In the wake of the Xinjiang riots, mass casualties and plenty of unwanted press, Chinese leaders were undoubtedly hoping for some good news.
They did not have to wait long. Little more than a week after the Urumqi riots Chinese authorities announced that the Chinese economy had grown by a healthy 7.9 percent in the second quarter of 2009. Compared to the West, this is a spectacular achievement and an encouraging sign for all those that saw the end of the world coming just months ago.
To the surprise of many seasoned China analysts and economists, China’s stimulus package managed to inject much-needed capital into the industrial sector; succeeded in offsetting the worst effects of massive export-industry layoffs by employing migrant workers in government projects, and perhaps most importantly, ensured that government-owned banks continued to lend despite the downturn. Even retail sales rebounded, the government announced, indicating that the Chinese consumer is still feeling confident and secure (unlike the rest of us).
Heavy-handed government intervention in the economy, the Chinese would argue, has allowed the Chinese to outperform other world economies and trump expectations. In the face of gloomy unemployment numbers from the US and UK, and weaker than expected performances of many regional neighbors, China is charging ahead economically when others are struggling. Add to that political turmoil in arch-rival Japan’s camp (and the threat of a renewed terror wave in Southeast Asia) and China may indeed feel quite confident in its future.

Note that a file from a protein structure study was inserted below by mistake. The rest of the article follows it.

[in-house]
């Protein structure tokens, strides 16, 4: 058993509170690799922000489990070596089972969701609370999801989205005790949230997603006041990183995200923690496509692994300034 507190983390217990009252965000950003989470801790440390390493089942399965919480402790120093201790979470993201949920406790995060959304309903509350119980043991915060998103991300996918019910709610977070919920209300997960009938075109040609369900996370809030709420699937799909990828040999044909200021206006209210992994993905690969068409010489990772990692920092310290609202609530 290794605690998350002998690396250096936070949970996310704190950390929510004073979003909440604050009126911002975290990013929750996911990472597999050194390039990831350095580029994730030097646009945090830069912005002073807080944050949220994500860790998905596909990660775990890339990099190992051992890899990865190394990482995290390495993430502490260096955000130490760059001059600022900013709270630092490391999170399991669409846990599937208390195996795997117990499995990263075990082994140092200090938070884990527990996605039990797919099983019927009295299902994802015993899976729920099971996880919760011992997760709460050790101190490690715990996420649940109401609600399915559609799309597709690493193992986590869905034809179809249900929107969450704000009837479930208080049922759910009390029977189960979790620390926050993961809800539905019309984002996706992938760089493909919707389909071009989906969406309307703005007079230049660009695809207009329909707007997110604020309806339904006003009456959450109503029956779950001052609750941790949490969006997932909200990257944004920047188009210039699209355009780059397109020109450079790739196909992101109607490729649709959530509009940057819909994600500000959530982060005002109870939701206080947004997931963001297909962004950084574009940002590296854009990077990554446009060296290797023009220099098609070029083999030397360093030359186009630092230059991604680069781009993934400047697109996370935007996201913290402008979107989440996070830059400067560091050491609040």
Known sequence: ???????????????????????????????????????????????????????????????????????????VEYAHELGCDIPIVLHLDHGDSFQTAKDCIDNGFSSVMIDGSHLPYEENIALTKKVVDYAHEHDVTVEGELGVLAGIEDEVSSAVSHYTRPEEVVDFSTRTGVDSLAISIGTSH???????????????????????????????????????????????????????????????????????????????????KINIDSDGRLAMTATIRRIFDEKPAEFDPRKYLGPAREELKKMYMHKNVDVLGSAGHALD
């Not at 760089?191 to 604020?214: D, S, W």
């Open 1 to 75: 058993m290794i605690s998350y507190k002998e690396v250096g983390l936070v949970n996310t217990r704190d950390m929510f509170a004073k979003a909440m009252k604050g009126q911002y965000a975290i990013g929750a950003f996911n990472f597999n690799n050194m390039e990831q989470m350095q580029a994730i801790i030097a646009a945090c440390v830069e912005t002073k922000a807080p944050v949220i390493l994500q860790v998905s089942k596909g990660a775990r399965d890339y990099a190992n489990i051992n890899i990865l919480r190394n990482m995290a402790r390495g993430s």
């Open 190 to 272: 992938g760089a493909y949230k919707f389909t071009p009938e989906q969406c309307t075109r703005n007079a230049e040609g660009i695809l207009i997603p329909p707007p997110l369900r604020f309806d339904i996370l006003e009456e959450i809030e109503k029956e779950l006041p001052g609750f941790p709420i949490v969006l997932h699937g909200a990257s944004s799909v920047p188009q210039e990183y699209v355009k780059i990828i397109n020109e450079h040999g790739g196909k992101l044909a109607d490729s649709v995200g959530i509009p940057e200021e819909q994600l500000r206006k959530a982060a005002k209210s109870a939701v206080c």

Yet, such good news masks the real issues underlying the bad news from last week. The perceived harmony of the Chinese juggernaut was shattered (again) as ethnic Uighurs took to the streets to confront their Han-Chinese countrymen. The violence escalated to unprecedented levels and despite government attempts to shape the news story in a less-damaging way (NYT’s Lede blog has an insightful piece on the management of dissent in China and Iran), it served as a powerful reminder of the vast challenges China faces if it hopes to remain united in its quest for wealth and increased international influence.
The management of ethnic diversity is one such challenge, while political and other popular pressures is another. The Tiananmen anniversary, and indeed the recent riots, showed that China is still struggling to create space for the airing and processing of grievances. Minority peoples and dissenters, it seems, are getting the same heavy-handed treatment as bank managers and migrant workers. While the latter creates economic growth, the former feeds internal turmoil and exacerbates long-term tensions.
Failure to deal with these challenges on a case-by-case basis is making it increasingly likely that bad news will just keep coming.